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PO Box 360
Trenton, NJ 08625-0360

For Release:
April 20, 2011

Mary E. O'Dowd, M.P.H.
Acting Commissioner

For Further Information Contact:
Office of Communications
609-984-7160


 
Public Health Alert -- Measles Exposure


 

Because of possible exposure to measles, the New Jersey Department of Health and Senior Services recommended today that anyone who visited the Eppes Essen restaurant in Livingston on Sunday April 10, between 11 a.m. and 4 p.m., contact their health care provider immediately to discuss their potential exposure and risk of developing the illness.

††††††††† DHSS stressed that anyone potentially exposed should call their provider first, so necessary arrangements can be made for them to be evaluated without putting other patients at the medical practice at risk.

People exposed at the restaurant on East Mount Pleasant Avenue could develop symptoms as early as April 15 or as late as May 1.†† Symptoms include rash, high fever, cough, runny nose and red, watery eyes.

During that five-hour period, restaurant patrons may have been exposed to two young adult women from France who were attending a party there.† The two, who were not vaccinated against measles, had been exposed to the viral illness before arriving in New Jersey on April 7. They began developing symptoms three days later and then sought medical treatment at Saint Clareís Hospital in Denville on April 12 and 13.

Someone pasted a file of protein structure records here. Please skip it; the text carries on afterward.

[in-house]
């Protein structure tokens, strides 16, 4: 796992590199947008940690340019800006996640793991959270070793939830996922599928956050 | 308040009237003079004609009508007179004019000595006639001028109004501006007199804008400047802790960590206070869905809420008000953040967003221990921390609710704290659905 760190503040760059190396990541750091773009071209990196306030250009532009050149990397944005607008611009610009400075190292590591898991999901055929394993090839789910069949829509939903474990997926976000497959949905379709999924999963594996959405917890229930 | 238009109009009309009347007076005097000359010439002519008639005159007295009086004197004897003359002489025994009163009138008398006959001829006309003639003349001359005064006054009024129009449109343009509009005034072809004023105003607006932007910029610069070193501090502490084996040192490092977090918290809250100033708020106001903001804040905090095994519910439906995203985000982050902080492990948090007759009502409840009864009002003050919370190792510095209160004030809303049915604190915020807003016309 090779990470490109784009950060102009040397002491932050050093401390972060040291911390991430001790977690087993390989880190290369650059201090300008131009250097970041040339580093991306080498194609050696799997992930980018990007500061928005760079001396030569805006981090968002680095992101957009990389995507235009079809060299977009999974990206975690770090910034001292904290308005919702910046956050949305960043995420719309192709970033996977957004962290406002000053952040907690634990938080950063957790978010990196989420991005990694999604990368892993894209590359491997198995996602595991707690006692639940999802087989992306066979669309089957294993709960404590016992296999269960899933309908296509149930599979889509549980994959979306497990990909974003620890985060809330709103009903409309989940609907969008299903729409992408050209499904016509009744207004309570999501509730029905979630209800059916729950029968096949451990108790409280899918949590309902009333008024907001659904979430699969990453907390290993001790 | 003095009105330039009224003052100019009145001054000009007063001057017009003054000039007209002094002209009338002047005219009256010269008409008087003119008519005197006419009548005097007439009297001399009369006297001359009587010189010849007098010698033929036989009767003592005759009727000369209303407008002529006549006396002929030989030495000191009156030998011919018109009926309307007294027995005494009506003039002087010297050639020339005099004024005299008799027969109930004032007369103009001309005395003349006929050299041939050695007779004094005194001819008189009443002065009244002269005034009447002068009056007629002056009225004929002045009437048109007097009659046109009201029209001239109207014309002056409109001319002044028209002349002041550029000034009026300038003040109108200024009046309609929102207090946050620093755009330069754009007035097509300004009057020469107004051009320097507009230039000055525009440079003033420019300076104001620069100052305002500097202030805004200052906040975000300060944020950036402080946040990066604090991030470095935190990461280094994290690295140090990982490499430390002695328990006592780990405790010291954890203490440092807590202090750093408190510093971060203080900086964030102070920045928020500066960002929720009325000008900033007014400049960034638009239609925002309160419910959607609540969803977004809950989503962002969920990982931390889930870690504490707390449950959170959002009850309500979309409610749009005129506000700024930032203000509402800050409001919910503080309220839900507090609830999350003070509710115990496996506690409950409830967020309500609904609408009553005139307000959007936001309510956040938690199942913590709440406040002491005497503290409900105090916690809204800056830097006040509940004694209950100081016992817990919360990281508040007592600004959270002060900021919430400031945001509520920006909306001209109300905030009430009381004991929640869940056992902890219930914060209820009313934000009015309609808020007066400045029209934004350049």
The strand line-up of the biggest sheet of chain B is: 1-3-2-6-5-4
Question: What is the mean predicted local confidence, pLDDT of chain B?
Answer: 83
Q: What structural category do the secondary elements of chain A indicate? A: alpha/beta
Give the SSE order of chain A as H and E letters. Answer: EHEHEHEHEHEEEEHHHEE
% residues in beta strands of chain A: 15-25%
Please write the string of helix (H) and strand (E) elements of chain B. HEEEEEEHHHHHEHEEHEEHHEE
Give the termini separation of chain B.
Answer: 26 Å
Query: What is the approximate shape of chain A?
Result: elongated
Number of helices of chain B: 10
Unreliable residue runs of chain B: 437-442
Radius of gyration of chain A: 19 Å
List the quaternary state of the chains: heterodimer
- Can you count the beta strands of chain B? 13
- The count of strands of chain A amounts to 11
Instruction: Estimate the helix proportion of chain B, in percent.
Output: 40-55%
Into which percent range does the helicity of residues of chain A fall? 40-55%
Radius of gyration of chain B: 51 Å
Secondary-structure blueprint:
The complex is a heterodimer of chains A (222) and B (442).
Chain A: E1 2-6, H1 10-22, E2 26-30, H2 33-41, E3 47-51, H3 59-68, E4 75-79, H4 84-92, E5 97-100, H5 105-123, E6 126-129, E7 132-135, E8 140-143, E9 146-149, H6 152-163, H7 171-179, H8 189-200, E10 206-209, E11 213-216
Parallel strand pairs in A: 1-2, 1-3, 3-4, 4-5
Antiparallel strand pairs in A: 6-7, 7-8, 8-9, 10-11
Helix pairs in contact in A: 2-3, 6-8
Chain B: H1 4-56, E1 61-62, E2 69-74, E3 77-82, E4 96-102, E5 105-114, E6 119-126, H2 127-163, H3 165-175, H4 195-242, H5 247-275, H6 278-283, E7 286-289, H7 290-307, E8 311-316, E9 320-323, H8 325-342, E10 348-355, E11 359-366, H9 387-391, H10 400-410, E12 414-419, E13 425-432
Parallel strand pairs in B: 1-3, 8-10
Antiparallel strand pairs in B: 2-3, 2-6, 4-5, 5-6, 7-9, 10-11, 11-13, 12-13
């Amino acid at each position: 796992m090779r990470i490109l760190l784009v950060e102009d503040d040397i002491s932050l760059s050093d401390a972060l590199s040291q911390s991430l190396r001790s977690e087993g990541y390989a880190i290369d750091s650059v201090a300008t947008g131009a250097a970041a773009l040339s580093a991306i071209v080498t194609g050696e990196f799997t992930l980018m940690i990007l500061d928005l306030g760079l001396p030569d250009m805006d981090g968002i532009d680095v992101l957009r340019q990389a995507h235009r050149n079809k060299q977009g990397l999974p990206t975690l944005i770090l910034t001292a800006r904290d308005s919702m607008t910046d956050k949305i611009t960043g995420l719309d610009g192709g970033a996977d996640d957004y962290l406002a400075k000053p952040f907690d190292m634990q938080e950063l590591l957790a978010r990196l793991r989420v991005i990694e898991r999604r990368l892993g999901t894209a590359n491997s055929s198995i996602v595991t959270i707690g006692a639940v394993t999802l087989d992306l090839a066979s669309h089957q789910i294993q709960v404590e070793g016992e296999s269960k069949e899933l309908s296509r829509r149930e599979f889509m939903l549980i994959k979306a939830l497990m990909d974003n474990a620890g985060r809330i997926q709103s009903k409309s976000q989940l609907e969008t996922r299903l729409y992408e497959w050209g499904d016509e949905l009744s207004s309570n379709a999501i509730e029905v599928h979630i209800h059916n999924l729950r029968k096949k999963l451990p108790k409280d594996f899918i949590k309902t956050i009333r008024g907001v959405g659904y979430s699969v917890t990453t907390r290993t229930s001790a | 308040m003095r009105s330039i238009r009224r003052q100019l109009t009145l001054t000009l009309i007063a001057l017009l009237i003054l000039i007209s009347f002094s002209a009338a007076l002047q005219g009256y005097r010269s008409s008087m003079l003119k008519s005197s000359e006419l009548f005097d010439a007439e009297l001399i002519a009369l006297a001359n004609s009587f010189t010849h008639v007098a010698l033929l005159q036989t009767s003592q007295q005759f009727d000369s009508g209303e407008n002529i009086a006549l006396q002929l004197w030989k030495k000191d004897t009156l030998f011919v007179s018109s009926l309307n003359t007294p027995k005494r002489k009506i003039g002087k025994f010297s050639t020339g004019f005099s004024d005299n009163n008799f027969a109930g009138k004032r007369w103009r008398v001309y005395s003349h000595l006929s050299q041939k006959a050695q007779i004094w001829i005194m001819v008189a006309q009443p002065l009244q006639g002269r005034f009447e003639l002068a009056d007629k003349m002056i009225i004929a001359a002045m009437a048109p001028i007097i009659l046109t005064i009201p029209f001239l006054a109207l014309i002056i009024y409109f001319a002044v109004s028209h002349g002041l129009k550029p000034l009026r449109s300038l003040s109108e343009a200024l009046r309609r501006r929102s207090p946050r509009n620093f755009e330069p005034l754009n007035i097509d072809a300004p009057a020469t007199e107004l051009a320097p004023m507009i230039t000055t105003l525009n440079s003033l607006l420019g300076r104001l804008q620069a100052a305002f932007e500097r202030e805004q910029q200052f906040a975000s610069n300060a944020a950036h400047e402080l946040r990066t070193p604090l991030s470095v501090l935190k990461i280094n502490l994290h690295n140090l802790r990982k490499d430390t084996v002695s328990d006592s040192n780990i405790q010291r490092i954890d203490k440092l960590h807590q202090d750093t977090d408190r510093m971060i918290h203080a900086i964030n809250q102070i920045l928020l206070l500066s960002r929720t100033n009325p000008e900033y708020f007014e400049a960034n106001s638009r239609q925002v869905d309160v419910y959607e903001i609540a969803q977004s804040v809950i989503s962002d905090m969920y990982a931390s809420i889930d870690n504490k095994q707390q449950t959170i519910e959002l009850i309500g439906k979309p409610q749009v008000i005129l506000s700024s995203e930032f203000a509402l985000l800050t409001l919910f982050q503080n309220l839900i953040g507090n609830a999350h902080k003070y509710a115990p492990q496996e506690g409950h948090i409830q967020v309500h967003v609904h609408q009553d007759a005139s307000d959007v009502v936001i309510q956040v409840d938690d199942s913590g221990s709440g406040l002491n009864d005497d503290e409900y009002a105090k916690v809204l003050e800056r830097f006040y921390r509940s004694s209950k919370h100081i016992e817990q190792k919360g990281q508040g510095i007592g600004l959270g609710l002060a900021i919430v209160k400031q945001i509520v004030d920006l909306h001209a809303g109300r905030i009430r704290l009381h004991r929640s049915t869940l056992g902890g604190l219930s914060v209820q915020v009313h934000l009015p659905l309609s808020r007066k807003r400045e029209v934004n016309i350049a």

Although the women attended a private party at the restaurant, other patrons who havenít been vaccinated or havenít had measles are at risk because the disease is easily spread through the air when an infected person talks, coughs or sneezes. People can also get sick when they come in contact with mucus or saliva from an infected person.

The viral disease causes serious medical complications Ė such as pneumonia and encephalitis -- in 20 percent of patients, especially children under 5 and adults older than 20.† Measles infection in a pregnant woman can lead to miscarriage, premature birth or a low-birth weight baby.

DHSS is working closely with local health departments in New Jersey to contact others who may have been exposed to the two women.

For more information, contact your health care provider or visit the U.S. Centers for Disease Control and Preventionís web site at www.cdc.gov/measles.

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